A new study by McKinsey & Co. and LeanIn.Org reveals that women remain significantly underrepresented in companies and corporate boardrooms across the county. This glass ceiling and gender gap still exists despite the fact that women have earned more college degrees than men for more than three decades now.
As the study’s authors point out:
Diversity leads to stronger business results, as numerous studies have shown. But we can’t unlock the full potential of our workplace until we see how far from equality we really are.
Big picture results
The study gathered data from 222 companies that employ over 12 million people, and this information yielded two big-picture themes, according to the authors:
- “on average, women continue to be hired and promoted at lower rates than men, and at senior levels, the gap in promotions is more pronounced for women of color;”
- the lower representation of women does not appear to be driven by difference in company-level attrition; on average, women and men are leaving their organizations at about the same rate, and very few plan to leave the workforce to focus on family”
Even though women comprise 57% of college graduates, less women than men are hired at the entry-level and “[a]t every subsequent step, the representation of women further declines, and women of color face an even more dramatic drop-off at senior levels.”
For example, even though women are 52% of the total U.S. population, they occupy only 20% of C-suite roles. For women of color, the numbers are worse: despite being 19% of the total U.S. population, women of color hold only 3% of C-suite jobs.
Snapshots of gender representation in different industries
One of the more interesting elements of the study is its analysis of female representation rates across various industries and at different job levels.
Some of the highest representation rates in C-suite jobs are:
- health care (35% women)
- retail (31% women)
- media and entertainment (27%)
On the flip side, the industries with the lowest representation rates in C-suite jobs are:
- automotive and industrial manufacturing (13%)
- telecom and IT services (15%)
- energy and basic materials (16%)
The “concrete ceiling” for women of color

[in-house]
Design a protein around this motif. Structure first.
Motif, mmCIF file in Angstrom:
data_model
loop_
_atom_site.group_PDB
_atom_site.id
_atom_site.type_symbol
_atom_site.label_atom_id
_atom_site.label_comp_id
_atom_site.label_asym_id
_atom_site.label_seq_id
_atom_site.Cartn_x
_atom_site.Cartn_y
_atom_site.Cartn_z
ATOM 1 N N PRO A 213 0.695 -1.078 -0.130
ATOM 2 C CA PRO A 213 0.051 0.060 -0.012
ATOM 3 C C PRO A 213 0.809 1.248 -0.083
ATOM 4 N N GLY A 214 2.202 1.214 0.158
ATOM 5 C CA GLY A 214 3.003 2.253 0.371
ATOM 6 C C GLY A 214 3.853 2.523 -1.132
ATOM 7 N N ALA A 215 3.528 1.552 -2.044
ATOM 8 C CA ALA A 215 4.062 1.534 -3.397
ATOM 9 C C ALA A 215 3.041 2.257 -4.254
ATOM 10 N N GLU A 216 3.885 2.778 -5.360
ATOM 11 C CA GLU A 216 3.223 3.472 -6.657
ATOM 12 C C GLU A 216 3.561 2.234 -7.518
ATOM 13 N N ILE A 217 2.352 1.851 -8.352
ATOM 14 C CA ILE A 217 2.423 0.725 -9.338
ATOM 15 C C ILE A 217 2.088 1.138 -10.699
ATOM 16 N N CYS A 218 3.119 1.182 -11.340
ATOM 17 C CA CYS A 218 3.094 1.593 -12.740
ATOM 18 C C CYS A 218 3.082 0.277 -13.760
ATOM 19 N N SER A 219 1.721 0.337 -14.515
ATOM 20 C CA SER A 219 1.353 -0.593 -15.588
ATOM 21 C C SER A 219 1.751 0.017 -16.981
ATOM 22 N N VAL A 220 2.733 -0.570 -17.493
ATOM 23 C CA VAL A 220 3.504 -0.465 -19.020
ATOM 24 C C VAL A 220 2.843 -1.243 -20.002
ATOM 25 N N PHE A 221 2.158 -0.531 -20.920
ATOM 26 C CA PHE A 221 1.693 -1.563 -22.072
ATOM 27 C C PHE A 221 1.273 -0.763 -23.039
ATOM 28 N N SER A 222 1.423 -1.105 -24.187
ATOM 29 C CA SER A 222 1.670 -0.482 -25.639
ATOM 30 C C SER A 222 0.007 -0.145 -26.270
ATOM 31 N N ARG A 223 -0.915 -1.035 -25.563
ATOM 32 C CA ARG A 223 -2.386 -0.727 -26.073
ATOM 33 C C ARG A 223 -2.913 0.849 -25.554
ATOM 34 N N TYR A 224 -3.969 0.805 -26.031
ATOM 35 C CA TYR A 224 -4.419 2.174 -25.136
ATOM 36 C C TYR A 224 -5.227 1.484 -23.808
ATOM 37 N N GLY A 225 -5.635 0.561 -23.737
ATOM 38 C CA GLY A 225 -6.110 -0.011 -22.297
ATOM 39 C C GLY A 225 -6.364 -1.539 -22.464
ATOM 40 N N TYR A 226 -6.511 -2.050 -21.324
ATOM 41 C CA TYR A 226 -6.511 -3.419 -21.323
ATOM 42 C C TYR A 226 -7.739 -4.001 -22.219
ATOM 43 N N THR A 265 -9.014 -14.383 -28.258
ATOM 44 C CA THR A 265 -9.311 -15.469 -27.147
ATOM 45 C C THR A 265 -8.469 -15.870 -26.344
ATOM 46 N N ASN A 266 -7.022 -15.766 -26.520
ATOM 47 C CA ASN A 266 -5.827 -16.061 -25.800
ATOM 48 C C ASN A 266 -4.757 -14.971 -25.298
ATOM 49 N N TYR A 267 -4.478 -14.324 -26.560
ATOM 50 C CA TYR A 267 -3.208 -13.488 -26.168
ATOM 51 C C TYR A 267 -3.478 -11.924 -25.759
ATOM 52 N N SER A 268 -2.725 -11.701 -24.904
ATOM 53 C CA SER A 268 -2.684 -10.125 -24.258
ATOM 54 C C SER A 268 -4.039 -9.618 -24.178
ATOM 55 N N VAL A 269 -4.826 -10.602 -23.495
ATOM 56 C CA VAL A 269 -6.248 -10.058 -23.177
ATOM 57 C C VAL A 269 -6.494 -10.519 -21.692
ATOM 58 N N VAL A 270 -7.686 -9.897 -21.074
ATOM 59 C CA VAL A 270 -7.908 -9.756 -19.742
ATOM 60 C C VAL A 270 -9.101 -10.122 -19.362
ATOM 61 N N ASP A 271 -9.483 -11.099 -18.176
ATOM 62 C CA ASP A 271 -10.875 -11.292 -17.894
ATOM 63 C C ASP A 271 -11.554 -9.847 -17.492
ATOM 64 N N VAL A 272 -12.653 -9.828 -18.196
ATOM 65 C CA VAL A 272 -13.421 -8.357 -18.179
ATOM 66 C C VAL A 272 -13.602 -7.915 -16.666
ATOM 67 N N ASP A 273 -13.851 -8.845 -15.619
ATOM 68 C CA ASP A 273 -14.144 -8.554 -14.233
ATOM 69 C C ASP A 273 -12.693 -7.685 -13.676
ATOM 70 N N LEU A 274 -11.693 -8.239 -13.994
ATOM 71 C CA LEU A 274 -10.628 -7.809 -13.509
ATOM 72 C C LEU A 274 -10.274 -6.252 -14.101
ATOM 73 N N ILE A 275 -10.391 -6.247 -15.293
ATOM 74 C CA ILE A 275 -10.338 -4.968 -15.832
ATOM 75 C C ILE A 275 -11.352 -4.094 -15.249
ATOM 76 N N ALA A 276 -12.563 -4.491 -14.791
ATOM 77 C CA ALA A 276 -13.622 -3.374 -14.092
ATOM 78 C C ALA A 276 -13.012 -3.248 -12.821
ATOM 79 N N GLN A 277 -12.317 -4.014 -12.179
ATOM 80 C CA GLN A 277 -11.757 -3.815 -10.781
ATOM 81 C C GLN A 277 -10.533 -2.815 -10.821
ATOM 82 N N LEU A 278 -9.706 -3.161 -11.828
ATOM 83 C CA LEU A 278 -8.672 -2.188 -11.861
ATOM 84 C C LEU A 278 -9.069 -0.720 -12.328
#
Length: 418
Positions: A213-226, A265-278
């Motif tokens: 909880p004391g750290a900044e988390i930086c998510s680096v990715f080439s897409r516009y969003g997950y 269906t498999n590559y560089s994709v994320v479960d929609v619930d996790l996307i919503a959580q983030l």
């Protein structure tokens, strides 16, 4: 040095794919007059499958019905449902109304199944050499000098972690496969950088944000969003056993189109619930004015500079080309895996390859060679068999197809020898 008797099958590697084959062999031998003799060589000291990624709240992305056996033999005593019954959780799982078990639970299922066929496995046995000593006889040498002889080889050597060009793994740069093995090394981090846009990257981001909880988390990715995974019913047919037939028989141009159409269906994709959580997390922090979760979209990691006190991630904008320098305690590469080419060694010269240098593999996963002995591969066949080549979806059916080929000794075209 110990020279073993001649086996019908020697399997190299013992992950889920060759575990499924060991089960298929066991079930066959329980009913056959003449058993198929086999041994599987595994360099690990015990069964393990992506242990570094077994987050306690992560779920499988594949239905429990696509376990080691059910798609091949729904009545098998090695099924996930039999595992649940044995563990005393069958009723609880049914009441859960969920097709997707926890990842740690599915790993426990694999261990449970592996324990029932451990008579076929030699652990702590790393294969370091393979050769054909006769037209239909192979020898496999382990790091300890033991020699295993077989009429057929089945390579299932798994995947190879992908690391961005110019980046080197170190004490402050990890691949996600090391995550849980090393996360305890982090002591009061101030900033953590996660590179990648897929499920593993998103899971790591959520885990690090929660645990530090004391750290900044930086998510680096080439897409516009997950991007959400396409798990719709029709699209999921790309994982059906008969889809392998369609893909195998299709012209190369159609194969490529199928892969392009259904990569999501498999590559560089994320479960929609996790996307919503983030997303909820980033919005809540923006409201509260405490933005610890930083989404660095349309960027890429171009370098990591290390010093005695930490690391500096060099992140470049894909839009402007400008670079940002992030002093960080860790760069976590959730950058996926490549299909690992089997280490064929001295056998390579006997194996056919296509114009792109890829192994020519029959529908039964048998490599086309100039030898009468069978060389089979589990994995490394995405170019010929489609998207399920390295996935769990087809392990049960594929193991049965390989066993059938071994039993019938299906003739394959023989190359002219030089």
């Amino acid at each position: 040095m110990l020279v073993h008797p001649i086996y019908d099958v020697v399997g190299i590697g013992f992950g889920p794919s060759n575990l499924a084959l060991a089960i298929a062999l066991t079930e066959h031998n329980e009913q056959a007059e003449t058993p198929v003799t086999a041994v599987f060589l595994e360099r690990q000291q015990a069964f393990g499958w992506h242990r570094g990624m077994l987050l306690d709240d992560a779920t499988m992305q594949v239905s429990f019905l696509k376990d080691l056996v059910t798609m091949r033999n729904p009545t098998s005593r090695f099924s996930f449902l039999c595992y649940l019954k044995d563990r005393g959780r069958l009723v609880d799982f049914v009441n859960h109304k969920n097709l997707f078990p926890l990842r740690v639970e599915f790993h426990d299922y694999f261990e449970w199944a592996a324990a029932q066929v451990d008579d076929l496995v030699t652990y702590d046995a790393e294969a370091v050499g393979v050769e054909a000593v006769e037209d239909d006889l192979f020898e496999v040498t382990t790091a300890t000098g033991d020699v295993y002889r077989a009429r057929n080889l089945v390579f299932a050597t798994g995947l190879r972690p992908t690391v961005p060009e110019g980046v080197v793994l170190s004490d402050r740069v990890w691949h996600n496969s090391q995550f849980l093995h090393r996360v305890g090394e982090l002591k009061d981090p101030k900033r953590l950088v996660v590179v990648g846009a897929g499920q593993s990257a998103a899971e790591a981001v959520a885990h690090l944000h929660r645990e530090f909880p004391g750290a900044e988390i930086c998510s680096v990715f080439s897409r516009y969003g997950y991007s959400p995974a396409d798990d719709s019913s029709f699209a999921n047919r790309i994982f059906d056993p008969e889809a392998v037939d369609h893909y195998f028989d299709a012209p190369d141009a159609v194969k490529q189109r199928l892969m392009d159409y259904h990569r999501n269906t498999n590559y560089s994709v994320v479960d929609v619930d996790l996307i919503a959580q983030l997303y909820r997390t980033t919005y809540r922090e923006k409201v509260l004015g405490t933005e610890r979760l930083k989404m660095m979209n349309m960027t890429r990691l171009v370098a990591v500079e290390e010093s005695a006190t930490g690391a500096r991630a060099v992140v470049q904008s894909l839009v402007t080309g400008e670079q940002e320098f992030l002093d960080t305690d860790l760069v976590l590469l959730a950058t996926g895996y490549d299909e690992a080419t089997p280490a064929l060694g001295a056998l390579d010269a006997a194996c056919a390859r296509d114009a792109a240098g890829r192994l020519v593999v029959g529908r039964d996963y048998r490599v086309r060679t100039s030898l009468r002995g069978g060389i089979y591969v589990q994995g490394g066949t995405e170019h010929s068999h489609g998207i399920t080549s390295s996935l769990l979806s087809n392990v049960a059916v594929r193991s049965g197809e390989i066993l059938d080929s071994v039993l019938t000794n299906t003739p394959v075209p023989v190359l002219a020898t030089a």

It’s often said that a “glass ceiling” exists for women in companies, and for women of color the added layer of race creates a further “concrete ceiling” when it comes to promotions. As the study’s author’s note: “Women of color face more obstacles and a steeper path to leadership, from receiving less support from managers to getting promoted more slowly. And this affects how they view the workplace and their opportunities for advancement.”
The unfortunate takeaway is that:
two patterns are clear: compared to white women, things are worse for women of color, and they are particularly difficult for black women.
By way of example, the rate of promotions for white women is a paltry 7.4%, but for black women it is an even lower 4.9% promotion rate.
Six steps toward gender equality
The study gives its assessment of how to improve gender equality and provides a 6-step roadmap, the details of which can be read in the study itself:
- Make a compelling case for gender diversity
- Invest in more employee training
- Give managers the means to drive change
- Ensure that hiring, promotions, and reviews are fair
- Give employees the flexibility to fit work into their lives
- Focus on accountability and results
The study concludes that, “[l]ooking ahead, creating inclusive workplaces will only become more important. Millennials are now the largest and most diverse generation, and the workforce is growing more diverse each year.” Thus, companies that can “keep up with the pace of this change will have a competitive edge, and those that don’t will be left behind.”
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